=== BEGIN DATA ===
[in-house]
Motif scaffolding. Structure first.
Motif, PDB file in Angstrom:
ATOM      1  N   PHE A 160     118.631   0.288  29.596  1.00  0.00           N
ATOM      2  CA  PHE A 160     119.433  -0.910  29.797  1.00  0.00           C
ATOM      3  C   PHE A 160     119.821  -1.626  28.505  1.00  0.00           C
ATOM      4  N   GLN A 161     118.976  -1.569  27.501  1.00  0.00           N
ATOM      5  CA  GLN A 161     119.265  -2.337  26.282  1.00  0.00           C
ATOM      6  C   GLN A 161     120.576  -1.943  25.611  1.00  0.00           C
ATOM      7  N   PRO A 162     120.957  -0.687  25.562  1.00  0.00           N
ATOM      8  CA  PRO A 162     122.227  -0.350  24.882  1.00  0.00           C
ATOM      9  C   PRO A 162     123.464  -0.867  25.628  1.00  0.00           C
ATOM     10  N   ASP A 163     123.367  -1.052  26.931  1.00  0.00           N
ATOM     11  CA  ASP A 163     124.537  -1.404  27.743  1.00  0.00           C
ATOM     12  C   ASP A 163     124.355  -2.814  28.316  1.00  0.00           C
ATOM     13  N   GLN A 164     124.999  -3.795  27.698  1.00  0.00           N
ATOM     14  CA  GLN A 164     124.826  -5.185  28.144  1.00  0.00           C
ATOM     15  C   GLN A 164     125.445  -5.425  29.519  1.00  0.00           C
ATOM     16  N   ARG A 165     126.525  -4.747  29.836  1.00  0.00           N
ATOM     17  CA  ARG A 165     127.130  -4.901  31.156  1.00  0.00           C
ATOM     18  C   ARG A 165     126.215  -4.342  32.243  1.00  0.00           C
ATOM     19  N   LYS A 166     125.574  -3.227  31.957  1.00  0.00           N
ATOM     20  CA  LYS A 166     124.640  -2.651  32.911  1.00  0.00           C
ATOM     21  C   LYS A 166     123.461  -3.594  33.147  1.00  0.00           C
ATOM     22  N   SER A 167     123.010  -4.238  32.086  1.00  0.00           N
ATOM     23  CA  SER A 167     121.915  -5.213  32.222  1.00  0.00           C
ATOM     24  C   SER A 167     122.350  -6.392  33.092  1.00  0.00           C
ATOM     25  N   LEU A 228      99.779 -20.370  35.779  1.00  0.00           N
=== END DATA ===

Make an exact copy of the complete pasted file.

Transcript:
[in-house]
Motif scaffolding. Structure first.
Motif, PDB file in Angstrom:
ATOM      1  N   PHE A 160     118.631   0.288  29.596  1.00  0.00           N
ATOM      2  CA  PHE A 160     119.433  -0.910  29.797  1.00  0.00           C
ATOM      3  C   PHE A 160     119.821  -1.626  28.505  1.00  0.00           C
ATOM      4  N   GLN A 161     118.976  -1.569  27.501  1.00  0.00           N
ATOM      5  CA  GLN A 161     119.265  -2.337  26.282  1.00  0.00           C
ATOM      6  C   GLN A 161     120.576  -1.943  25.611  1.00  0.00           C
ATOM      7  N   PRO A 162     120.957  -0.687  25.562  1.00  0.00           N
ATOM      8  CA  PRO A 162     122.227  -0.350  24.882  1.00  0.00           C
ATOM      9  C   PRO A 162     123.464  -0.867  25.628  1.00  0.00           C
ATOM     10  N   ASP A 163     123.367  -1.052  26.931  1.00  0.00           N
ATOM     11  CA  ASP A 163     124.537  -1.404  27.743  1.00  0.00           C
ATOM     12  C   ASP A 163     124.355  -2.814  28.316  1.00  0.00           C
ATOM     13  N   GLN A 164     124.999  -3.795  27.698  1.00  0.00           N
ATOM     14  CA  GLN A 164     124.826  -5.185  28.144  1.00  0.00           C
ATOM     15  C   GLN A 164     125.445  -5.425  29.519  1.00  0.00           C
ATOM     16  N   ARG A 165     126.525  -4.747  29.836  1.00  0.00           N
ATOM     17  CA  ARG A 165     127.130  -4.901  31.156  1.00  0.00           C
ATOM     18  C   ARG A 165     126.215  -4.342  32.243  1.00  0.00           C
ATOM     19  N   LYS A 166     125.574  -3.227  31.957  1.00  0.00           N
ATOM     20  CA  LYS A 166     124.640  -2.651  32.911  1.00  0.00           C
ATOM     21  C   LYS A 166     123.461  -3.594  33.147  1.00  0.00           C
ATOM     22  N   SER A 167     123.010  -4.238  32.086  1.00  0.00           N
ATOM     23  CA  SER A 167     121.915  -5.213  32.222  1.00  0.00           C
ATOM     24  C   SER A 167     122.350  -6.392  33.092  1.00  0.00           C
ATOM     25  N   LEU A 228      99.779 -20.370  35.779  1.00  0.00           N